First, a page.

Sunday, January 1, 2012

Mamilla Hotel by Piero Lissoni

A significant cultural, architectural and touristic evolution of the urban fabric of one of the world’s most iconic and timelessly beautiful cities has occurred with the opening of the first luxury lifestyle hotel in Jerusalem and Israel: Mamilla Hotel. Located in a remarkable position in the city centre with breath-taking views of the Old City walls, the Tower of David and Jaffa Gate, the Mamilla is a modern, world-class hotel that combines a distinctly international outlook with the unique cultural heritage of this most magnetic, frenetic, incredible city.
The Moshe Safdie-built and Piero Lissoni-designed Mamilla Hotel is a pivotal emblem of the fascinating development and modernization of the local region. Jerusalem’s long history – arguably unparalleled in its universal human appeal and importance – is etched onto the city’s architectural façades in a rich and sometimes truly jaw-dropping display of different forms, styles and shapes, manifesting in monumental icons such as the Western Wall of the Second Temple (dating from 19 BCE) and The Dome of the Rock (685 – 691 CE), and contemporary masterpieces such as Santiago Calatrava’s harp-like bridge for the new city tram system (2008). With this vast architectural history and diversity as a profound context, the prime position within Jerusalem of the Mamilla site and the hotel’s pioneering mission represented the ultimate design brief; one that both Israeli-born Moshe Safdie and Italian Piero Lissoni were inevitably drawn to.
Known outside Israel for buildings such as the Shenzhen Cultural Centre in China, Montreal’s Habitat 67 residential community (which has recently been awarded historical status by the Government of Québec) and the new Marina Bay Sands Casino complex in Singapore, and inside Israel for Ben Gurion airport’s new Terminal 3 building, the new Yad VaShem holocaust memorial in Jerusalem and the Alrov Mamilla Avenue – a shopping and entertainment experience overlooking the Old City, alongside the hotel – Moshe Safdie’s appointment as project architect places the Mamilla amongst some of the most important and visually arresting buildings in the world. Heeding Jerusalem law which dictates that all new 3 construction utilizes Jerusalem Stone – a local limestone with a distinctive, light hue, designed to protect and respect the city’s precious architectural beauty – Safdie has created a stunning structure that emanates the characteristic shine of the stone, and in doing so has developed a true Jerusalem aesthetic that is both modern and in keeping with the very ancient walls and buildings next door.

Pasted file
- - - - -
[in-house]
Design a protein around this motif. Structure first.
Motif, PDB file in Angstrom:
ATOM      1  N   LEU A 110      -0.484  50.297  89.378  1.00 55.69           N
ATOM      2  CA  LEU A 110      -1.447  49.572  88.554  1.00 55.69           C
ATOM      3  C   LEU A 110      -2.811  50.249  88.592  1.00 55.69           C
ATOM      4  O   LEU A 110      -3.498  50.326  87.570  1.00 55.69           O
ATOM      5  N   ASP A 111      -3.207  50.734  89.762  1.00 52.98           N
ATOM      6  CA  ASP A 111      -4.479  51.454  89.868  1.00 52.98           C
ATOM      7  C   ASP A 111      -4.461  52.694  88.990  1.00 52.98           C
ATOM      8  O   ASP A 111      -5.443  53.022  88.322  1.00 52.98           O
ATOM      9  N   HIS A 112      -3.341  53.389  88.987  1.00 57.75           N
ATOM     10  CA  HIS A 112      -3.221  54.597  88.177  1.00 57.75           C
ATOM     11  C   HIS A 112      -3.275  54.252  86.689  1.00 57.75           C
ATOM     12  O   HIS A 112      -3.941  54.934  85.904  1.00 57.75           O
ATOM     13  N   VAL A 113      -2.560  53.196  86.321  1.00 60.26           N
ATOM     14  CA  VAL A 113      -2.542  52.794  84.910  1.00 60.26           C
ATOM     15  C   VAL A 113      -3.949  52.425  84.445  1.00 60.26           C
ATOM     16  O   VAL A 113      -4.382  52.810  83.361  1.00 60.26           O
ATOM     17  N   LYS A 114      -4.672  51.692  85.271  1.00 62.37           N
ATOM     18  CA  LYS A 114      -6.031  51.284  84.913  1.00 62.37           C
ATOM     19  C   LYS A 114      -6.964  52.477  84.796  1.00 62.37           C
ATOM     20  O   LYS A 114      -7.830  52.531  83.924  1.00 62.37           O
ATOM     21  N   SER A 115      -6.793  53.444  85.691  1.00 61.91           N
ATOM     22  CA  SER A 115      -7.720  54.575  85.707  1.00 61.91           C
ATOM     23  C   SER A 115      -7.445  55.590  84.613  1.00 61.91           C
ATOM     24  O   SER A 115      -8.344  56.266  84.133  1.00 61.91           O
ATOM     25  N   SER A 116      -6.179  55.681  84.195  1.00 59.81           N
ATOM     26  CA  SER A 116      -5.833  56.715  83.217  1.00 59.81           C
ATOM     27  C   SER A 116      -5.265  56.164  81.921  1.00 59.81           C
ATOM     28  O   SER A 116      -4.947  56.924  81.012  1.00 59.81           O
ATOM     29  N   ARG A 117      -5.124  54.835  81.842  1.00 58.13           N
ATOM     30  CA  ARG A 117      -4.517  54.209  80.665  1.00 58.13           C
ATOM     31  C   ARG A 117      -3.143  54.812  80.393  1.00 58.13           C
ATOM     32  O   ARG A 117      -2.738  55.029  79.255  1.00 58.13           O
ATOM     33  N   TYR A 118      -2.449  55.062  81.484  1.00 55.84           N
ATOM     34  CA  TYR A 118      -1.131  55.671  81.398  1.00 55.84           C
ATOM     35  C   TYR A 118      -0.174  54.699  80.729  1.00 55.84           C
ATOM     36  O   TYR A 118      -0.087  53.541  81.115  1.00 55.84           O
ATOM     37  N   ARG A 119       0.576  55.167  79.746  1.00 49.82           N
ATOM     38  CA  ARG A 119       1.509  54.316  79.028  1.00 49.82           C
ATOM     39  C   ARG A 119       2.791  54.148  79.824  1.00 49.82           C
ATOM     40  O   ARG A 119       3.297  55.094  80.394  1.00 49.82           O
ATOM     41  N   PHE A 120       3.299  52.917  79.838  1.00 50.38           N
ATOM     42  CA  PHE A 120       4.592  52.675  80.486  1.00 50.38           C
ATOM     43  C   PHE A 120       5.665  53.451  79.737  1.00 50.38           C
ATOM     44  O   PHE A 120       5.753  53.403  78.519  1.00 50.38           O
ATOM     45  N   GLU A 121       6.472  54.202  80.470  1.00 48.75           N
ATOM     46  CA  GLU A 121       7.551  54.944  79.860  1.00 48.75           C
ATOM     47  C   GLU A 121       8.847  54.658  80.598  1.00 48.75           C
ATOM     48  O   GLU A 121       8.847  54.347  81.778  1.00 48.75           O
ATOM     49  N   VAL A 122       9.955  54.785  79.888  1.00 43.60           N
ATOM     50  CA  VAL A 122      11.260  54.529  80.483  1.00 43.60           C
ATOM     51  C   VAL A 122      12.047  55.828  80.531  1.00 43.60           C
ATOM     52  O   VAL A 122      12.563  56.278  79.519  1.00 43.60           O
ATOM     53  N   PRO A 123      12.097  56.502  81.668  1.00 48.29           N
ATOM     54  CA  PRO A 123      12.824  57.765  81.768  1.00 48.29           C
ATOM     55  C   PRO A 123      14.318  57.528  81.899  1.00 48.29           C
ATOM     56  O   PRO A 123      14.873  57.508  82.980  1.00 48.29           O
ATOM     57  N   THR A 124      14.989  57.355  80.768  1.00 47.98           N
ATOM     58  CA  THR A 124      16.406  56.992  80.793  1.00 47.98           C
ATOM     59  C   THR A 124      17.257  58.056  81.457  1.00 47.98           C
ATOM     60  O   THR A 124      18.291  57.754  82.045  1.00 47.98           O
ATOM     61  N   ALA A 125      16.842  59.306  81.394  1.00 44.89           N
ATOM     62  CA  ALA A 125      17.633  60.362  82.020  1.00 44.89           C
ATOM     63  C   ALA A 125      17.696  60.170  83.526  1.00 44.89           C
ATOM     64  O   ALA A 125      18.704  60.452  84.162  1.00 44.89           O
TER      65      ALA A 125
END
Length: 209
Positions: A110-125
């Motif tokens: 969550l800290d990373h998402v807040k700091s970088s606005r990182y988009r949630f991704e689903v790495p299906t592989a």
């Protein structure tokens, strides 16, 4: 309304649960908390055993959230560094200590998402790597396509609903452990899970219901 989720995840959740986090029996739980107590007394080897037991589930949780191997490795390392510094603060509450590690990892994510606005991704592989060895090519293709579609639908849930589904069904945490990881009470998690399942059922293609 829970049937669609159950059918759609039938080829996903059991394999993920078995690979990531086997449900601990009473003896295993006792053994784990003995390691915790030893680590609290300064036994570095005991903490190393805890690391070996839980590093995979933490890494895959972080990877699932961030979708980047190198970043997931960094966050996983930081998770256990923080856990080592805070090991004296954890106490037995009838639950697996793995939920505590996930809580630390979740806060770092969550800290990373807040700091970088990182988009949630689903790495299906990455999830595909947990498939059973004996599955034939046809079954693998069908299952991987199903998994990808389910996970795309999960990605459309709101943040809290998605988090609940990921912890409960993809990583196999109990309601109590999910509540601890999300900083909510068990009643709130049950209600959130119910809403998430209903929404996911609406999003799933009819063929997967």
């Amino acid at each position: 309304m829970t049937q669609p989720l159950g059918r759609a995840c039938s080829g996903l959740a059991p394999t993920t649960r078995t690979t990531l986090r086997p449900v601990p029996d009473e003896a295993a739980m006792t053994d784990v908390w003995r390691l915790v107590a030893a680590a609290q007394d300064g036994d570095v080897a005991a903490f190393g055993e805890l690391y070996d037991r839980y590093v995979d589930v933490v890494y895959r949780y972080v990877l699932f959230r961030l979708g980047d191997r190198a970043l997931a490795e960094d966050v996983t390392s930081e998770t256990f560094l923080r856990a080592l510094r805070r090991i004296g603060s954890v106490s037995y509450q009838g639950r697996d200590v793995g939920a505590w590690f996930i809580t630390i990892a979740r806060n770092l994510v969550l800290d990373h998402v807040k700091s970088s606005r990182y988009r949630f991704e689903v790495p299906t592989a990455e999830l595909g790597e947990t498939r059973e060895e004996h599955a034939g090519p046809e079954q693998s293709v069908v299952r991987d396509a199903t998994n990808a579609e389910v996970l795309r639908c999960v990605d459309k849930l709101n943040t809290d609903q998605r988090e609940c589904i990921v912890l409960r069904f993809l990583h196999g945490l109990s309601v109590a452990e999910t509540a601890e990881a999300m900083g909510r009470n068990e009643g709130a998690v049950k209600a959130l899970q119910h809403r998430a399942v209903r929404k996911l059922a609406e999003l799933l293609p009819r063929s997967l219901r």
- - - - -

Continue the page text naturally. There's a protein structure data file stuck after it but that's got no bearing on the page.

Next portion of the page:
Piero Lissoni brings to the Mamilla a wealth of product and furniture design, interiors and architectural experience, all of which have firmly positioned him as one of the most globally respected and in-demand designers currently working. Lissoni has designed for a stellar list of brands including Boffi, Cassina, Kartell, Alessi, Poltrona Frau, Living Divani and Porro, whilst key interiors and architectural projects include the Hotel Monaco and Grand Canal, the Mitzui Garden Hotel in Tokyo, store design for Ellie Tahari and new private residences at Dellis Cay for Mandarin Oriental. Lissoni’s signature paired-back, Italian minimalist aesthetic – a debut for a Jerusalem hotel – is magnificently contextualized and framed by the historic Jerusalem architecture, and through unique emboldening touches, producing an extraordinary result when housed in Safdie’s modern classic edifice.
 Lissoni’s design plays with light throughout the hotel. Inspired by the strong Jerusalem sun, dark colors of the public areas are broken up by the outside light. Intimacy and simple sophistication are key, with the manipulation of light designed to create unique – and special – experiences. A heterogeneous approach to furnishing sees modern alongside antique and Chinese pieces next to Italian, producing a rich and detailed aesthetic that is at the same time quiet and clean, toned down with simple finishes and the pervasive, uplifting Jerusalem light.